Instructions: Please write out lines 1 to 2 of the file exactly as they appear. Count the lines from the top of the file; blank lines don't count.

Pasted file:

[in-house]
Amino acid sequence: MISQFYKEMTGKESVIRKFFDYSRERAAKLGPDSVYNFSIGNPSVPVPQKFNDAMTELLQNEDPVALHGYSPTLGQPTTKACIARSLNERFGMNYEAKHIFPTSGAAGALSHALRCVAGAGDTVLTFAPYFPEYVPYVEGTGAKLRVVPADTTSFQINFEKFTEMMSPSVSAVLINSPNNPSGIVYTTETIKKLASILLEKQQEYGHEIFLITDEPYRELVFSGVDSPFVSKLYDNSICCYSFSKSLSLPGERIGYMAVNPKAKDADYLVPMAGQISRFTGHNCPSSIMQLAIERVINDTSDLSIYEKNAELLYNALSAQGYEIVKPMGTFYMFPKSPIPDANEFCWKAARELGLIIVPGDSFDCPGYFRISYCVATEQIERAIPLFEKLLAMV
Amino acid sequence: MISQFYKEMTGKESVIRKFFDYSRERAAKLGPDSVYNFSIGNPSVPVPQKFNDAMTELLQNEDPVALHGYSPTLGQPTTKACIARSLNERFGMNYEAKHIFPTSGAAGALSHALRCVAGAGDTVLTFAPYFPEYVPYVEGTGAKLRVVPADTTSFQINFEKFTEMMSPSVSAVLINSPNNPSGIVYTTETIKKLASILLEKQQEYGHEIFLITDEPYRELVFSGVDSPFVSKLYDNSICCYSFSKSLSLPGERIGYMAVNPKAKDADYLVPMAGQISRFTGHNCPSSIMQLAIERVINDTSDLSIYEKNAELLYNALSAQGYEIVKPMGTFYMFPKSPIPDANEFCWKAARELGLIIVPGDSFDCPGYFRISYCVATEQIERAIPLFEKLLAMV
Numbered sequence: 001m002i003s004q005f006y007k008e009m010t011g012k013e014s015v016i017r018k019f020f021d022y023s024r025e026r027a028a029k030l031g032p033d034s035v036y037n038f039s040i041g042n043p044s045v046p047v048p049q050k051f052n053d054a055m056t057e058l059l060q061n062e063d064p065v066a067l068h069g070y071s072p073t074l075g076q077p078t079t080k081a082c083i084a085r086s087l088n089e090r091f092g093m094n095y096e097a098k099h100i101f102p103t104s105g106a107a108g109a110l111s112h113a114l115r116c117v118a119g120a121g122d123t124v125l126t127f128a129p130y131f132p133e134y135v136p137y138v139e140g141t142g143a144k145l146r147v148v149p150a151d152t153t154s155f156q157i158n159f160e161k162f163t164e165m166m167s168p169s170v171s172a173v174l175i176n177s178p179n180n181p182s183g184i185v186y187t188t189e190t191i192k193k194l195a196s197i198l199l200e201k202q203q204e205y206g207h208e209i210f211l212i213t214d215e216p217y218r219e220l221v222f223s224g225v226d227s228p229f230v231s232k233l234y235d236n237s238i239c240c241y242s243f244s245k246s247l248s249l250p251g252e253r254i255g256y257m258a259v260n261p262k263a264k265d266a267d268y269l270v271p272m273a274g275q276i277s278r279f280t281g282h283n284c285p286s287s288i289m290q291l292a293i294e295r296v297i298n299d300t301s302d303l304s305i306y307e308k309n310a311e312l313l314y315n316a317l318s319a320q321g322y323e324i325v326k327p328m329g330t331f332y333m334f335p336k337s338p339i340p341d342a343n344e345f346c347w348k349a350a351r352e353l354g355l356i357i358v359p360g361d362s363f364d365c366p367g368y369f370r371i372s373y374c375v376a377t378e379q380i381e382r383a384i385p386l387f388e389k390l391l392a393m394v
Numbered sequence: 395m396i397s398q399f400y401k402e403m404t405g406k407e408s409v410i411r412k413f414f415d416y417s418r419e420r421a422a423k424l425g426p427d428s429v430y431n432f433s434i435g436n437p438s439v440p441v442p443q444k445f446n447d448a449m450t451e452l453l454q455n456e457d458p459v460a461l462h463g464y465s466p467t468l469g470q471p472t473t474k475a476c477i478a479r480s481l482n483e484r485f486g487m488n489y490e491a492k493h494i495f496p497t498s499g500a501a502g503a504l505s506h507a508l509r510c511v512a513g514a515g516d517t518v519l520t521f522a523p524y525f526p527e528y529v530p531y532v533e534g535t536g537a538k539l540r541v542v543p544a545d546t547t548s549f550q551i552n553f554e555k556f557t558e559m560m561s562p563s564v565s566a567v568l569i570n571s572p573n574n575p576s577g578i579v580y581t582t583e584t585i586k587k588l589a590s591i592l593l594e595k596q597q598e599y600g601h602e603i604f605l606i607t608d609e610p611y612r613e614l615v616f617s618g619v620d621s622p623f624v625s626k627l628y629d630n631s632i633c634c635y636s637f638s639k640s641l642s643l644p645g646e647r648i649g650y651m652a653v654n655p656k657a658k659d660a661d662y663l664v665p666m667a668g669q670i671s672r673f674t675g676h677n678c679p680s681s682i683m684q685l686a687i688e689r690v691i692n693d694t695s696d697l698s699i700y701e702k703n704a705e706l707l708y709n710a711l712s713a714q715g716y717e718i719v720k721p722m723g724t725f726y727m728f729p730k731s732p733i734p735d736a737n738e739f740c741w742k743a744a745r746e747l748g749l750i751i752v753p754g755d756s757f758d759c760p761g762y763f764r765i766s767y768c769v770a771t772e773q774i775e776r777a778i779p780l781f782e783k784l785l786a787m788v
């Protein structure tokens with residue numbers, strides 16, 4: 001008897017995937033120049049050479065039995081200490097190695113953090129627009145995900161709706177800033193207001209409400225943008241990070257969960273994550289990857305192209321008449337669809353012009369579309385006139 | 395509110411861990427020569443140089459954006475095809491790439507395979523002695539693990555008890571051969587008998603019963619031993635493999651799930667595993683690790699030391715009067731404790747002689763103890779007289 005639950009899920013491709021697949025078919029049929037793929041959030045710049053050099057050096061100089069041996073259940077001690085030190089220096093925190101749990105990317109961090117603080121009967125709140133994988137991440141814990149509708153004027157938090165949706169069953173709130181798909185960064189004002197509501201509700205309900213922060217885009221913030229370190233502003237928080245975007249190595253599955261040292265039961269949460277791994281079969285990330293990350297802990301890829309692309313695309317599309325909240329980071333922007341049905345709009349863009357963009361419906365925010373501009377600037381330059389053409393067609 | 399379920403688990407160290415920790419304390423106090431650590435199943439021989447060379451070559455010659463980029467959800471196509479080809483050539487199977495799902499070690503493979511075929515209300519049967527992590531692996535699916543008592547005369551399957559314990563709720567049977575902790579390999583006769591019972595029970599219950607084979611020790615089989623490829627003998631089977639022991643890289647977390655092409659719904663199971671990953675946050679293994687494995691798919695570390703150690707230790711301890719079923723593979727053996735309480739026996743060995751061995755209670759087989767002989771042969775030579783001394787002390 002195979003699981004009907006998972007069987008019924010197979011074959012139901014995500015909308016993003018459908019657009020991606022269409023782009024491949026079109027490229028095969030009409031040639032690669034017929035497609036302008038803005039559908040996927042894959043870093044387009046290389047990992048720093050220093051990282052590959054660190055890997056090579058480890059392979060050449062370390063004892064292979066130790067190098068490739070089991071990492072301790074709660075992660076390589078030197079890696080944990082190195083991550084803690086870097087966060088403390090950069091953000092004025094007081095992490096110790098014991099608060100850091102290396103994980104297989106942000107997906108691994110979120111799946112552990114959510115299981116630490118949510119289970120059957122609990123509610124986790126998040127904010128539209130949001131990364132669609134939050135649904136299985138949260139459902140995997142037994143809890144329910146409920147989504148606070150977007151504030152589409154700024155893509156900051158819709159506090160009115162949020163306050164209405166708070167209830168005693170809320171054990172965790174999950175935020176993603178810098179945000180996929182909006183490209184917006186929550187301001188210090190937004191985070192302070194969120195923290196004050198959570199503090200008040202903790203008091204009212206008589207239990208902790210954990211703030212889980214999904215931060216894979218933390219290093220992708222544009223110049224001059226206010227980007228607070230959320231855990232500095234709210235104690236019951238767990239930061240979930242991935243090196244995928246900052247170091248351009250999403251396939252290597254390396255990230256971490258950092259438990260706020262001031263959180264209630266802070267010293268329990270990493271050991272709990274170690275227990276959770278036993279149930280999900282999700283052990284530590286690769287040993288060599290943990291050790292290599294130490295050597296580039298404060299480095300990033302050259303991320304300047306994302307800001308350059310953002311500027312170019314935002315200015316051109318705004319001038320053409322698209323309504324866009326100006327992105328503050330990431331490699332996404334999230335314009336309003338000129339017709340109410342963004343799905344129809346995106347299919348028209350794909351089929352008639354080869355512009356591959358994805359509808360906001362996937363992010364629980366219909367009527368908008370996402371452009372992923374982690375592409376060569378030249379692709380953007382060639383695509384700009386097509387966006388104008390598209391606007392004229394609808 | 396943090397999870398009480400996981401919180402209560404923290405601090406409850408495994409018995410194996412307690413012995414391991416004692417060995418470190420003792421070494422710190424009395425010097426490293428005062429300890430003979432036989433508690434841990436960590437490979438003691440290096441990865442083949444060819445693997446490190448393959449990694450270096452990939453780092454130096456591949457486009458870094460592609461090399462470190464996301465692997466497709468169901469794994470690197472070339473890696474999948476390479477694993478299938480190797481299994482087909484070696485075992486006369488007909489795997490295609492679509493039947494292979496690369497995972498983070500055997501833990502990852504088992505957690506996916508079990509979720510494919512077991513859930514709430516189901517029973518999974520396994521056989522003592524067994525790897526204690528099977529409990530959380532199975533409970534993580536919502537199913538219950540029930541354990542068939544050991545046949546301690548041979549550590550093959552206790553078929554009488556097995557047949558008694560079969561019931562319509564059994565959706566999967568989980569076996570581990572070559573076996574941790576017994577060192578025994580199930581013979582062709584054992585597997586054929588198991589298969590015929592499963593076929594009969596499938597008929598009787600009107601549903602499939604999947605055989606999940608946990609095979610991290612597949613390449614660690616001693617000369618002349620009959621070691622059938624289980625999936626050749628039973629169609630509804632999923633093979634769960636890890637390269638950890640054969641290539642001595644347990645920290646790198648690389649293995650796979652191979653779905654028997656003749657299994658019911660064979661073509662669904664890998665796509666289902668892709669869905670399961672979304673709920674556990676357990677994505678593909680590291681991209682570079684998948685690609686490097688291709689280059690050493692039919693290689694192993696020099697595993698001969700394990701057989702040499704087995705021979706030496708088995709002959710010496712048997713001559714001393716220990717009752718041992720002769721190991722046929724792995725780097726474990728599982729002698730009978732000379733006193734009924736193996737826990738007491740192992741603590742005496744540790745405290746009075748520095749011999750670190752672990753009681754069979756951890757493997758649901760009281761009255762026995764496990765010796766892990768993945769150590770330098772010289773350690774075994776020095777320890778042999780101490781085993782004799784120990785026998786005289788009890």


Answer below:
[in-house]
Amino acid sequence: MISQFYKEMTGKESVIRKFFDYSRERAAKLGPDSVYNFSIGNPSVPVPQKFNDAMTELLQNEDPVALHGYSPTLGQPTTKACIARSLNERFGMNYEAKHIFPTSGAAGALSHALRCVAGAGDTVLTFAPYFPEYVPYVEGTGAKLRVVPADTTSFQINFEKFTEMMSPSVSAVLINSPNNPSGIVYTTETIKKLASILLEKQQEYGHEIFLITDEPYRELVFSGVDSPFVSKLYDNSICCYSFSKSLSLPGERIGYMAVNPKAKDADYLVPMAGQISRFTGHNCPSSIMQLAIERVINDTSDLSIYEKNAELLYNALSAQGYEIVKPMGTFYMFPKSPIPDANEFCWKAARELGLIIVPGDSFDCPGYFRISYCVATEQIERAIPLFEKLLAMV